COVID -19 changes: Bankruptcy

The Coronavirus (COVID-19) pandemic is a challenging time for everyone in Australia (and the world). This is a guide to the changes to bankruptcy the government has introduced because of the pandemic. It includes information on what to do if you think you may need to go bankrupt.

Read an overview on bankruptcy and how it works here.

Information on this page:
Please click the links below to visit each section

Four changes you need to know about

  1. Originally scheduled to end late September 2020, the Government has announced that protections to limit forced bankruptcy will be in place from 25 March until 31 December 2020.
  2. You cannot be forced into bankruptcy if the debt owed is under $20,000 (it was $5,000 pre-pandemic)
  3. If you receive a bankruptcy notice (for a debt of more than $20,000) then the time you have to respond has been extended from 21 days to six months.
  4. You can apply for Temporary Debt Protection for six months. This stops creditors taking enforcement action. (This was previously called a Declaration of Intent to Present a Debtor’s Petition and was 21 days pre-pandemic.)

What do the changes mean?

Being forced into bankruptcy by creditors is more difficult

It means it is now very difficult for a creditor to force you into bankruptcy until after 31 December 2020. Effectively, it gives you a number of months to decide on a plan to manage your serious financial difficulty. It may mean you can avoid bankruptcy.

However, if a bankruptcy notice was served on you before 25 March 2020 then you will still only have 21 days to comply with the bankruptcy notice.  If you have not complied within the 21 days then the creditor can take further action at any time.  If this is the case seek legal advice immediately.

If you are considering entering bankruptcy voluntarily, you have longer to decide

You can apply for Temporary Debt Protection (TDP) and this lasts for six months. During the six month protection period unsecured creditors (including sheriffs) can’t take enforcement action to recover money you owe them.  For example, if you lodge a TDP on 01 September 2020 then the protection period runs for 6 months from that date.  But be careful, as a TDP is an ‘act of bankruptcy’. This means a creditor could use the fact you have lodged a TDP as the basis for an application to the court to make you bankrupt. See here for more information.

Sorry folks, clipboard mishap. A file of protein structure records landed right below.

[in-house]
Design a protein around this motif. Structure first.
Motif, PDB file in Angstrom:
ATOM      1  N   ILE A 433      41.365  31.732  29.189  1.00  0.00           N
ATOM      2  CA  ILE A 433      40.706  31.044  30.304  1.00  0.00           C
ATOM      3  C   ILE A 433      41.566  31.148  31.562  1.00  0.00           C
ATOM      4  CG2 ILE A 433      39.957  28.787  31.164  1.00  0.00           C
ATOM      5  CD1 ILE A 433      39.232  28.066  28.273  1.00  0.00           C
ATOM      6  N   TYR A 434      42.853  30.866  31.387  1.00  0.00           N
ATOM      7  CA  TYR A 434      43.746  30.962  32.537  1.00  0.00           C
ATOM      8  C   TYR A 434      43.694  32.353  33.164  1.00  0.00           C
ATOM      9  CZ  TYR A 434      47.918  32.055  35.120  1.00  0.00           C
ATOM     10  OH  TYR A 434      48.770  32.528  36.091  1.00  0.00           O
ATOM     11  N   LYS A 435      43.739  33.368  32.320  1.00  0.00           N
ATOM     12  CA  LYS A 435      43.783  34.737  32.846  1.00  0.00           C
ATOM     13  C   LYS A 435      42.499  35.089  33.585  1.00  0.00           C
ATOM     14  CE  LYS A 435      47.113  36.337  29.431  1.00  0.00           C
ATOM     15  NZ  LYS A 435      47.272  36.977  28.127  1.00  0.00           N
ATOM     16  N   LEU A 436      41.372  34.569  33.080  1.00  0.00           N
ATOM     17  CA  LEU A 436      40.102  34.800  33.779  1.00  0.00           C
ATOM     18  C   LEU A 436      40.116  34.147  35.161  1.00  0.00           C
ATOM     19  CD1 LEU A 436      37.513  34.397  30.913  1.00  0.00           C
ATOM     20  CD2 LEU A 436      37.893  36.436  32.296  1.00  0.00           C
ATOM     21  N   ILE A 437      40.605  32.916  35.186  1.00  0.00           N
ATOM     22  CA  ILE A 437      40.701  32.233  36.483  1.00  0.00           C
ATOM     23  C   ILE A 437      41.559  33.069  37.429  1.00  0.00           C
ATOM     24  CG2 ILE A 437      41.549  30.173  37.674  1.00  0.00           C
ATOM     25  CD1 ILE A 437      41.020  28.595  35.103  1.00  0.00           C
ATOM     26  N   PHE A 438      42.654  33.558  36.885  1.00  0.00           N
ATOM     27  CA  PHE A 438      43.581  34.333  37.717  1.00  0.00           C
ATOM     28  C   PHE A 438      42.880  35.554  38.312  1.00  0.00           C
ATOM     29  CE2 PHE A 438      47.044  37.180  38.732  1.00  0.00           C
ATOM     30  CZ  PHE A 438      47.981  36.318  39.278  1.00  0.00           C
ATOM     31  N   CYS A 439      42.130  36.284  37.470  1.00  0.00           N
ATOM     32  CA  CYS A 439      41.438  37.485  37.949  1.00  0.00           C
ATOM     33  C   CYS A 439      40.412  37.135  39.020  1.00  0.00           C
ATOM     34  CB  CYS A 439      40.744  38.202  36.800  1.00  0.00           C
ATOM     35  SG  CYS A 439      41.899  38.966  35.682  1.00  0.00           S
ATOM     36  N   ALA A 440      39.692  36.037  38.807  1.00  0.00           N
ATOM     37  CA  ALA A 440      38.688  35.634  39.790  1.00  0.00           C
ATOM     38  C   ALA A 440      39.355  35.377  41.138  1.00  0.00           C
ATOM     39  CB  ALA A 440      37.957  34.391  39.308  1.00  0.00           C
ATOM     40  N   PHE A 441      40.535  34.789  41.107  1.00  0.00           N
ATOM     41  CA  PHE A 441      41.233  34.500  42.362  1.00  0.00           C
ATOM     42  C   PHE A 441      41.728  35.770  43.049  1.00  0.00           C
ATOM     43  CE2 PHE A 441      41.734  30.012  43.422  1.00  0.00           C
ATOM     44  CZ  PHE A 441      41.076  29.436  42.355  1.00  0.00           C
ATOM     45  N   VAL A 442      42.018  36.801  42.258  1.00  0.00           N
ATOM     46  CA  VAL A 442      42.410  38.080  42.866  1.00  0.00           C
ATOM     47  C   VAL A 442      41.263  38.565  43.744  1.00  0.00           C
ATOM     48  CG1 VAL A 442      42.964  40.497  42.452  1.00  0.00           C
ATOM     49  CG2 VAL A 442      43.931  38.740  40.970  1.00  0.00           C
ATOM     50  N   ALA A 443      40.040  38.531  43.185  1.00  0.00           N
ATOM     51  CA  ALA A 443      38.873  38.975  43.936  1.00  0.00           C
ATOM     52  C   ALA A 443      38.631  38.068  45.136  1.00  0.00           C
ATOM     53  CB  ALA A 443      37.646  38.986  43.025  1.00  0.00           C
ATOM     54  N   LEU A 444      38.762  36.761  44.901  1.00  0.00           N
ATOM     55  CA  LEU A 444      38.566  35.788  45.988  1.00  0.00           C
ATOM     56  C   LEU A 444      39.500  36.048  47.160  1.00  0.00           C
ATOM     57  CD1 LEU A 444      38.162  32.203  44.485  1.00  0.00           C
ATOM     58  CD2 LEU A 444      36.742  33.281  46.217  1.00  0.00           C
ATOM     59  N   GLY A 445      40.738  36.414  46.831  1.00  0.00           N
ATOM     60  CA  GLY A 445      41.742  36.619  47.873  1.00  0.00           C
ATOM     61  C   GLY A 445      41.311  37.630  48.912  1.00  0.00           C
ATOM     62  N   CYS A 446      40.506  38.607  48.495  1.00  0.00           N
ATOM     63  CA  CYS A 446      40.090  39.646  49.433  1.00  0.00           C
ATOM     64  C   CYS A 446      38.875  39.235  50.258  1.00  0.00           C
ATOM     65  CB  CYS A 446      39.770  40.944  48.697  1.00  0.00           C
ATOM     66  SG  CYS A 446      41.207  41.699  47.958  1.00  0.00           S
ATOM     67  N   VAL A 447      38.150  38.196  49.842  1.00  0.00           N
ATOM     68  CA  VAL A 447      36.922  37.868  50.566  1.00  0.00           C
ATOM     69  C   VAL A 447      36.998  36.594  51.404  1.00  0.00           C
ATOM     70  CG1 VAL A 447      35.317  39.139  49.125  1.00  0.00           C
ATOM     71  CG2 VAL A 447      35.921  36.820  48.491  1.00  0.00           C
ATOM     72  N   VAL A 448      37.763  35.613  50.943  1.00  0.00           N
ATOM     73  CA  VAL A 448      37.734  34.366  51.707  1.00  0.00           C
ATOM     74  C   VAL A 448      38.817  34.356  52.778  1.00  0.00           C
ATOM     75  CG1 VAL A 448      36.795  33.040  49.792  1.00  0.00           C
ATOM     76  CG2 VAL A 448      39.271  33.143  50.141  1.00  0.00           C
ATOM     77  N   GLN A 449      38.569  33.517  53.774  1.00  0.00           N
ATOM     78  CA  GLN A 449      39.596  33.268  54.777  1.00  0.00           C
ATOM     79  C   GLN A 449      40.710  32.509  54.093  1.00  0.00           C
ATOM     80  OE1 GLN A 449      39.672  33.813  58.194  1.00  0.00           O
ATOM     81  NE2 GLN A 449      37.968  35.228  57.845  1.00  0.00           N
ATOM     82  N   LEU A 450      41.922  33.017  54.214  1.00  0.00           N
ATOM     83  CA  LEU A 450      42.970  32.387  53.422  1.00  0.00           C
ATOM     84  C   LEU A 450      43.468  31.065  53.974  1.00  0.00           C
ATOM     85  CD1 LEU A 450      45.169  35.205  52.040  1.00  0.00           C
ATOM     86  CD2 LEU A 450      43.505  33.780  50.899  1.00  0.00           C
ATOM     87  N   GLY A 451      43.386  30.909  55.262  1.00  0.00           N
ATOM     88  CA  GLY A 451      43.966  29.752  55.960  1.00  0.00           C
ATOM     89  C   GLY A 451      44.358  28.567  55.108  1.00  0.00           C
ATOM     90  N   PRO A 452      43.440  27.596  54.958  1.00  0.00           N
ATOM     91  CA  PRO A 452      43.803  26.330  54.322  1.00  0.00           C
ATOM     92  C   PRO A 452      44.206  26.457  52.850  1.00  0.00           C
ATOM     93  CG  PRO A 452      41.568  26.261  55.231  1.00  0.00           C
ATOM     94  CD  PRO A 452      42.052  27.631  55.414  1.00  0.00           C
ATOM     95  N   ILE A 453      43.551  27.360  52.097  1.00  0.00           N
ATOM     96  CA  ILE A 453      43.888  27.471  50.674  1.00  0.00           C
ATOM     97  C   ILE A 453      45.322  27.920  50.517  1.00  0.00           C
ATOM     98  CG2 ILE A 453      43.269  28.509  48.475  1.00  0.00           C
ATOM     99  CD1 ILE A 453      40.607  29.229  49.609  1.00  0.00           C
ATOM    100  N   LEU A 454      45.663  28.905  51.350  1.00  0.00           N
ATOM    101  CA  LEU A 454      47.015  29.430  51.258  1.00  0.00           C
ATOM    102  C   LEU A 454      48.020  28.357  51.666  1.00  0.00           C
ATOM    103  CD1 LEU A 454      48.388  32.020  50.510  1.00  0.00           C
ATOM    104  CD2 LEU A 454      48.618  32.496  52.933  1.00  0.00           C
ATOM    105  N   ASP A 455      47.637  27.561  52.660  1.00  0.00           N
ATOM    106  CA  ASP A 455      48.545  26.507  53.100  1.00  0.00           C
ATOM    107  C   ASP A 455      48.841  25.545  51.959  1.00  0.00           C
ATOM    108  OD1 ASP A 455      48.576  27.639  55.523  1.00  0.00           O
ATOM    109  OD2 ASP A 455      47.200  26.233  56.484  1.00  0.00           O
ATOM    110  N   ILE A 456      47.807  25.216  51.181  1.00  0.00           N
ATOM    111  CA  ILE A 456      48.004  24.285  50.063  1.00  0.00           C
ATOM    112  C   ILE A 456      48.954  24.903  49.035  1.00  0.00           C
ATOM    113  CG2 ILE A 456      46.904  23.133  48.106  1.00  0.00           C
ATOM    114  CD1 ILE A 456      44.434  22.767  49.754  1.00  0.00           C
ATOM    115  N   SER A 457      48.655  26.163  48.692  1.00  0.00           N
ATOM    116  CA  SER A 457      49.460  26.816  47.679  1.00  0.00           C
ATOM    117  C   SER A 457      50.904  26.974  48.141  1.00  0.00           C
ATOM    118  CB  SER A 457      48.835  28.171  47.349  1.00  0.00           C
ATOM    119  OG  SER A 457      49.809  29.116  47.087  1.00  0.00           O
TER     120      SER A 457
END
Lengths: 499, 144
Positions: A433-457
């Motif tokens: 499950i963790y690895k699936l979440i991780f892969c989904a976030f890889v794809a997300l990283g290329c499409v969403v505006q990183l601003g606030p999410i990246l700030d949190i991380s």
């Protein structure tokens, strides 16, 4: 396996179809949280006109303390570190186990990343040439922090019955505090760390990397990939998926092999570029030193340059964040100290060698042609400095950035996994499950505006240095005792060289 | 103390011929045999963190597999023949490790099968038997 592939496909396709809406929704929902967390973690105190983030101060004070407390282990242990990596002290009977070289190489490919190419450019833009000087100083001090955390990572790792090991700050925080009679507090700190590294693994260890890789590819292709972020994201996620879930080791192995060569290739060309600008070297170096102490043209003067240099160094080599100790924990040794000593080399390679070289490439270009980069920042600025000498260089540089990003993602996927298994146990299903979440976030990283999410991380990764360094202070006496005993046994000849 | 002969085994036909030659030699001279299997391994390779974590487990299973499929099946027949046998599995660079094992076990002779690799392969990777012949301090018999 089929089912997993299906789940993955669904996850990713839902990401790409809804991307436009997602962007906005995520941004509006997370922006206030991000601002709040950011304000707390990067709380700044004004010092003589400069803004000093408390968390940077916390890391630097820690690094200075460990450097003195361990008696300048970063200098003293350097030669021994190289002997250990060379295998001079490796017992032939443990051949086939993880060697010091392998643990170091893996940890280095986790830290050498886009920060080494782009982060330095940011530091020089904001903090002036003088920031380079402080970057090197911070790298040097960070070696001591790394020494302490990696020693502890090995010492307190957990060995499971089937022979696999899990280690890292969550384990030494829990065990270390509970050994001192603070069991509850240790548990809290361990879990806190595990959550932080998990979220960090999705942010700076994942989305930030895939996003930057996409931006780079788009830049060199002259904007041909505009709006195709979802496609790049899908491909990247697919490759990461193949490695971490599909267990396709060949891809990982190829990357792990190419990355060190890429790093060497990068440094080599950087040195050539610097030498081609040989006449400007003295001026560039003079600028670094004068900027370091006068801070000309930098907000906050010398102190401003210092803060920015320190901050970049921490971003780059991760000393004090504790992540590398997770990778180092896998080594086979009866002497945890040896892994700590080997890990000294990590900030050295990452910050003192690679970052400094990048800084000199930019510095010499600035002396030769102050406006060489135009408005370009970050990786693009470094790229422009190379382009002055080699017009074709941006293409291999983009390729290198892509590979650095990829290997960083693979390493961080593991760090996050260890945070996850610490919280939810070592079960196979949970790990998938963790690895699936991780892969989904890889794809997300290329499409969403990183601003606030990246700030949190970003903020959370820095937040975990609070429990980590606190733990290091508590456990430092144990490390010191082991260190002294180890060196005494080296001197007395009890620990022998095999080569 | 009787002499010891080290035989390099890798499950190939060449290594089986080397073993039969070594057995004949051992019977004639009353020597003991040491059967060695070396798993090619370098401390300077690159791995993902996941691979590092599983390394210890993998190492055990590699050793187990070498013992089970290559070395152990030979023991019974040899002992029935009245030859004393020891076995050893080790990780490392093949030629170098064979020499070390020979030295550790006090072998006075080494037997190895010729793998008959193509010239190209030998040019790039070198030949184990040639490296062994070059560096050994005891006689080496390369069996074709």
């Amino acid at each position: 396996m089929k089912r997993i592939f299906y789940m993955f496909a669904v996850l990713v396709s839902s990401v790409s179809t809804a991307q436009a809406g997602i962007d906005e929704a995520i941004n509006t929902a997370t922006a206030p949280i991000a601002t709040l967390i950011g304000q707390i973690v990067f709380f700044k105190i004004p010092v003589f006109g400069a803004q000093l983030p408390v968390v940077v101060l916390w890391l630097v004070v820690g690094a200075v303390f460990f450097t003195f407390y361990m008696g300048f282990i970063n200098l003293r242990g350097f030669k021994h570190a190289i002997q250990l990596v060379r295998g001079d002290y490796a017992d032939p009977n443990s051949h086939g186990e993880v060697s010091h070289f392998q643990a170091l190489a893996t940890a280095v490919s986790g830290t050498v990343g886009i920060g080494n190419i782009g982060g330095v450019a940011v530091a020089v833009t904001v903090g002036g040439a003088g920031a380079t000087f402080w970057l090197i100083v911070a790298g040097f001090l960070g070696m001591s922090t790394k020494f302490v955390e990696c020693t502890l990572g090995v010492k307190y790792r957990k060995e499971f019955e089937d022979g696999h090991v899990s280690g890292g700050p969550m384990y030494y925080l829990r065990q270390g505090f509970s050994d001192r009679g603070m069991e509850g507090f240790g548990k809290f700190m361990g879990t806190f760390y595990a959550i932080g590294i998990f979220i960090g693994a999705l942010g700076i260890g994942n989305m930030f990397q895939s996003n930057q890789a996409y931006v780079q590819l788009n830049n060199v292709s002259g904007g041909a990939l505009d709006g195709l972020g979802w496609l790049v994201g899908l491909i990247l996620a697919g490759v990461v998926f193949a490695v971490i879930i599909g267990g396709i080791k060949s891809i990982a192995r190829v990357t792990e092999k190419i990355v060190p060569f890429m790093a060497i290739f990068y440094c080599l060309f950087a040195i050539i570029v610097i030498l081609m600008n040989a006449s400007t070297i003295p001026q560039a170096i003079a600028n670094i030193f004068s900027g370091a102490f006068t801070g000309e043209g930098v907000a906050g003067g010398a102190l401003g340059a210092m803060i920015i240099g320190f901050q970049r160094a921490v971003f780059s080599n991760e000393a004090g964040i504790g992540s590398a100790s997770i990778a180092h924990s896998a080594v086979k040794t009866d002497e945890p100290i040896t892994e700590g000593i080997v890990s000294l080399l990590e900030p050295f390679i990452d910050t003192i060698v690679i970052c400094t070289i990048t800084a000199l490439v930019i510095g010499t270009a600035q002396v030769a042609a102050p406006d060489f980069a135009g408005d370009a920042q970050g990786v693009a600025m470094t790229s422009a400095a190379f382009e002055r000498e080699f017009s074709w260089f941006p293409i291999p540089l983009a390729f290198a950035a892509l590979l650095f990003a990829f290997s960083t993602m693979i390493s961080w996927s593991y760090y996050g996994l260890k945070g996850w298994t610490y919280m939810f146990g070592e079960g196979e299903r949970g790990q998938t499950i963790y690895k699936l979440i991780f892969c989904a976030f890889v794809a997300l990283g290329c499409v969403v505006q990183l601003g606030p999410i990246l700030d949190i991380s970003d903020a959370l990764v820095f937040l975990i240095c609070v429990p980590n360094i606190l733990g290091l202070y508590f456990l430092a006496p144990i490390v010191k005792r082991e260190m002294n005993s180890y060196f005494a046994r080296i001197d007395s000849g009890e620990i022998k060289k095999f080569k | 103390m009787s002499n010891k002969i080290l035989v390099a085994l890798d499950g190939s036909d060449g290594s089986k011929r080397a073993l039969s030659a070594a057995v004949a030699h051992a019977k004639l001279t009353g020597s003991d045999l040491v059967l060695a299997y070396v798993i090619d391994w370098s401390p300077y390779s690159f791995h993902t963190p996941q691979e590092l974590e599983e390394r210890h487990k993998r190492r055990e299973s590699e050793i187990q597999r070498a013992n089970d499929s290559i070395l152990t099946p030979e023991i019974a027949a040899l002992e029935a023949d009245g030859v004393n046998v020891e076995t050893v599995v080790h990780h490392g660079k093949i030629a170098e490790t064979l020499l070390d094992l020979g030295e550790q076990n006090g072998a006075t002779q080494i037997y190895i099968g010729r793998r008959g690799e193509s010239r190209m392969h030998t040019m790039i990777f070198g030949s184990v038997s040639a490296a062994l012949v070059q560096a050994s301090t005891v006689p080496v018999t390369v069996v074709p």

Creditors may be more flexible

The COVID-19 pandemic also means that creditors may be more flexible on repayment arrangements and be more likely to accept reduced lump sum settlements.

Bankruptcy still may be the best option for some people. If so, you have time to consider the consequences, speak to a free financial counsellor and fill in the forms.

Before you do anything

Bankruptcy is a big decision and is a last resort for tackling your financial difficulty. If you own a home or any other real estate you need to be very careful before considering bankruptcy. The bankruptcy trustee can take and sell your home and other significant assets in bankruptcy.

You should always speak to a free financial counsellor before considering bankruptcy or any formal alternative to bankruptcy (Part IX Debt Agreement or Temporary Debt Protection). The financial counsellor will advise you on your options.

Early access to super

Super is usually protected if you go bankrupt.

If you seek early access to your super but still need to go bankrupt then you may have used money that you didn’t need to. Avoid early access to super if you believe you may need to go bankrupt.

For more information about the coronavirus temporary changes to the bankruptcy laws see

Some options to consider to avoid bankruptcy


Make an affordable repayment arrangement


You can negotiate affordable repayment arrangements with your creditors. Remember, not all debts are created equal. Some debts are a priority. For a step by step guide see Prioritise your debts.

Your priority debts or payments are:

  • food/water
  • rent or mortgage payments (you must have somewhere to live)
  • council rates or body corporate fees
  • loan payments for a car that is essential for getting to work, ferrying around children, shopping for essential goods or attending medical appointments
  • gas/electricity/water bills


Reduced lump sum settlements

If you have any savings or can put together a lump sum, however small it may be, consider offering a creditor a reduced sum as a full and final settlement for an unsecured debt.


Ask your creditor about not charging fees, and reducing or stopping interest

Now is the time to ask your creditors for help so you can pay off your debts and avoid bankruptcy. Remember, your creditor would rather be paid something than get nothing.


Speak to one of our financial counsellors

If your problem still hasn’t been solved, or you’re feeling overwhelmed, call us on 1800 007 007 to speak with one of our financial counsellors.